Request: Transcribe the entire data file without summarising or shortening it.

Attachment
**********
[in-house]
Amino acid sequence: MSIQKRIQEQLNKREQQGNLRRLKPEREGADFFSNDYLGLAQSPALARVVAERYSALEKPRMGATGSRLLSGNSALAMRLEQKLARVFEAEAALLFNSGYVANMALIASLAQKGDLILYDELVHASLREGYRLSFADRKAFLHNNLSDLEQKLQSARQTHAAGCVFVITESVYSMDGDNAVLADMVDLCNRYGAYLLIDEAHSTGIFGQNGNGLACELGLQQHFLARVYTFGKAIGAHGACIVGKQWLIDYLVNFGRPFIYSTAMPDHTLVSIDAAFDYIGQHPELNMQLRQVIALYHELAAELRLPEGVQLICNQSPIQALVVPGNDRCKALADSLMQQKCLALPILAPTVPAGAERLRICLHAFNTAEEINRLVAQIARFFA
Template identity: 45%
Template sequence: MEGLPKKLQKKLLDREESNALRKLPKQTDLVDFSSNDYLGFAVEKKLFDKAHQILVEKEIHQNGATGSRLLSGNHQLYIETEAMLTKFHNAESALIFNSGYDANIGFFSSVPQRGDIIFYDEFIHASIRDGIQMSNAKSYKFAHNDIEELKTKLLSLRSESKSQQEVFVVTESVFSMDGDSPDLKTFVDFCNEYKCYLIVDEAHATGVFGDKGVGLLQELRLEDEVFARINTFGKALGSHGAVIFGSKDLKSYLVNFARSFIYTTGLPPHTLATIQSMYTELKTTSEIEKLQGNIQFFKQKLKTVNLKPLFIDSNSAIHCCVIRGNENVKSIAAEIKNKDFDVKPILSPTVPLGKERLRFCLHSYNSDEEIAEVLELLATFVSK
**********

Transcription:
[in-house]
Amino acid sequence: MSIQKRIQEQLNKREQQGNLRRLKPEREGADFFSNDYLGLAQSPALARVVAERYSALEKPRMGATGSRLLSGNSALAMRLEQKLARVFEAEAALLFNSGYVANMALIASLAQKGDLILYDELVHASLREGYRLSFADRKAFLHNNLSDLEQKLQSARQTHAAGCVFVITESVYSMDGDNAVLADMVDLCNRYGAYLLIDEAHSTGIFGQNGNGLACELGLQQHFLARVYTFGKAIGAHGACIVGKQWLIDYLVNFGRPFIYSTAMPDHTLVSIDAAFDYIGQHPELNMQLRQVIALYHELAAELRLPEGVQLICNQSPIQALVVPGNDRCKALADSLMQQKCLALPILAPTVPAGAERLRICLHAFNTAEEINRLVAQIARFFA
Template identity: 45%
Template sequence: MEGLPKKLQKKLLDREESNALRKLPKQTDLVDFSSNDYLGFAVEKKLFDKAHQILVEKEIHQNGATGSRLLSGNHQLYIETEAMLTKFHNAESALIFNSGYDANIGFFSSVPQRGDIIFYDEFIHASIRDGIQMSNAKSYKFAHNDIEELKTKLLSLRSESKSQQEVFVVTESVFSMDGDSPDLKTFVDFCNEYKCYLIVDEAHATGVFGDKGVGLLQELRLEDEVFARINTFGKALGSHGAVIFGSKDLKSYLVNFARSFIYTTGLPPHTLATIQSMYTELKTTSEIEKLQGNIQFFKQKLKTVNLKPLFIDSNSAIHCCVIRGNENVKSIAAEIKNKDFDVKPILSPTVPLGKERLRFCLHSYNSDEEIAEVLELLATFVSK